National Pan-Hellenic Council

National Pan-Hellenic Council
National Pan-Hellenic Council
Established 1930
Members 9
Continent North America
Country United States
Headquarters Decatur, Georgia
Organization type Coalition of members

The National Pan-Hellenic Council (NPHC) is a collaborative organization of nine historically African American, international Greek lettered fraternities and sororities. The nine NPHC organizations are sometimes collectively referred to as the "Divine Nine". The member/partner organizations have not formally adopted nor recommended the use of this term to describe their collaborative grouping. The NPHC was formed as a permanent organization on May 10, 1930 on the campus of Howard University, in Washington, D.C. NPHC was incorporated under the laws of the State of Illinois in 1937.

The council promotes interaction through forums, meetings and other mediums for the exchange of information and engages in cooperative programming and initiatives through various activities and functions.

Each constituent member organization determines its own strategic direction and program agenda. Today, the primary purpose and focus of member organizations remains camaraderie and academic excellence for its members and service to the communities they serve. Each promotes community awareness and action through educational, economic, and cultural service activities.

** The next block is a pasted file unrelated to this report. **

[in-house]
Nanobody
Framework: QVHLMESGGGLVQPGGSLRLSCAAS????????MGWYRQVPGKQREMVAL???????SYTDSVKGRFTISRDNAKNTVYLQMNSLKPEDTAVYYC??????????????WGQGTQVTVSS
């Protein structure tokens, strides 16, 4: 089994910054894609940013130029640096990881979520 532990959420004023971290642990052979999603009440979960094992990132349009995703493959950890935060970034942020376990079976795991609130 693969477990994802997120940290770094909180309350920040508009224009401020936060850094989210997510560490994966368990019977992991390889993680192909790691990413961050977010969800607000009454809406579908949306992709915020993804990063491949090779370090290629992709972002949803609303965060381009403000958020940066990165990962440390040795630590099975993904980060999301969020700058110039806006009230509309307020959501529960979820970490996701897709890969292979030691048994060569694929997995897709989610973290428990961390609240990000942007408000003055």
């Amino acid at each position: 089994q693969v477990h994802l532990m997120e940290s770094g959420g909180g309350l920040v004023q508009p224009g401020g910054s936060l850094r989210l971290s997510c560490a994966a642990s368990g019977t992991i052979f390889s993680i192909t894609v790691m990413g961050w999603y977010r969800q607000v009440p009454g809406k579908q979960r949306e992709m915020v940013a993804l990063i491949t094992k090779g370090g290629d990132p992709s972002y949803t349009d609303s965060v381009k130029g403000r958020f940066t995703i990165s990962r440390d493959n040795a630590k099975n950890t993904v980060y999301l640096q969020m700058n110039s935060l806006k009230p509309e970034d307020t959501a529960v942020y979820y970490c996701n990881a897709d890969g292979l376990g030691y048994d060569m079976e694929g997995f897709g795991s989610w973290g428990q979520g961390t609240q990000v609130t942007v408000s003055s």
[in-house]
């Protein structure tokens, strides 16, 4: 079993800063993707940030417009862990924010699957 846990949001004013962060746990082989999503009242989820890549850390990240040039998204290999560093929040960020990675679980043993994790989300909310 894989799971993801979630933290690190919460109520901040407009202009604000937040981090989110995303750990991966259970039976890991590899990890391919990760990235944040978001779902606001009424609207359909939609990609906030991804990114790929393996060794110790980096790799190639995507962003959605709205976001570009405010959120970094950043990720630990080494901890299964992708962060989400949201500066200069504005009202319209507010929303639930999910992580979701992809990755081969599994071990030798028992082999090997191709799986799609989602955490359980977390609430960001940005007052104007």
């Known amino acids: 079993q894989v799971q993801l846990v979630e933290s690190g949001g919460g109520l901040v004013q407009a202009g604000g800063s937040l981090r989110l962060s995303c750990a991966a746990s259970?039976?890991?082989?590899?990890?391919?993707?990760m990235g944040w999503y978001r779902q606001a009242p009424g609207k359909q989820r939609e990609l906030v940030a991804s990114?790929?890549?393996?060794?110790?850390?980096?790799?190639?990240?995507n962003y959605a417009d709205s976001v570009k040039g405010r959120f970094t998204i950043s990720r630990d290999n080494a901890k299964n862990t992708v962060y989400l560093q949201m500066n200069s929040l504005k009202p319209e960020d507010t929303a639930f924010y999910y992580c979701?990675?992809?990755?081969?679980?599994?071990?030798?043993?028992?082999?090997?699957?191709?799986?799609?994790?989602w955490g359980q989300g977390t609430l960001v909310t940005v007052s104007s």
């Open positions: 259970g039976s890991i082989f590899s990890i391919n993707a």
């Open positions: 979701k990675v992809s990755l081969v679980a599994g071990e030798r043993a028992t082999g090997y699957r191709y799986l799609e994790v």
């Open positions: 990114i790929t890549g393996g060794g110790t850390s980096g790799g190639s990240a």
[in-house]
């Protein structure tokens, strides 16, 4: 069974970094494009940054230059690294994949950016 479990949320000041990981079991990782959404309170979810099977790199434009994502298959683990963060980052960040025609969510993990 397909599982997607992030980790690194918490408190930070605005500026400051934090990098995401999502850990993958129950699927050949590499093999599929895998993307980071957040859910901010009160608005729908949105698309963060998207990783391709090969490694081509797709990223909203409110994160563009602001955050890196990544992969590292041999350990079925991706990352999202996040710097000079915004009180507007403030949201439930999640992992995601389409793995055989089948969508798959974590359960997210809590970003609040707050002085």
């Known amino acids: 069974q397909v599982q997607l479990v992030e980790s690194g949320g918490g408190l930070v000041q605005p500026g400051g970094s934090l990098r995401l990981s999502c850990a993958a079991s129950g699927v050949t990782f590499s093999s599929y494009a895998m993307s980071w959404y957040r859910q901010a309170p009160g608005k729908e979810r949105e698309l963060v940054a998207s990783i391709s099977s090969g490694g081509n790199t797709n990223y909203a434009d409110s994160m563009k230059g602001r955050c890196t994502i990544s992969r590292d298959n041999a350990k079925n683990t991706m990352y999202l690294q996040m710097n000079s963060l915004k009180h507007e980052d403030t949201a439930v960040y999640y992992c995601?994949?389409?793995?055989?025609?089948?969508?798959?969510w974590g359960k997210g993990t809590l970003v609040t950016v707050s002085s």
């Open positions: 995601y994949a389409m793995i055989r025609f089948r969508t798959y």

The National Pan-Hellenic Council was established in an age when racial segregation and disenfranchisement plagued African Americans, the rise of each of the black fraternities and sororities that make up the NPHC bore witness to the fact that despite hardships African Americans refused to accede to a status of inferiority.[1]

The organization's stated purpose and mission in 1930:

Unanimity of thought and action as far as possible in the conduct of Greek letter collegiate fraternities and sororities, and to consider problems of mutual interest to its member organizations.[2]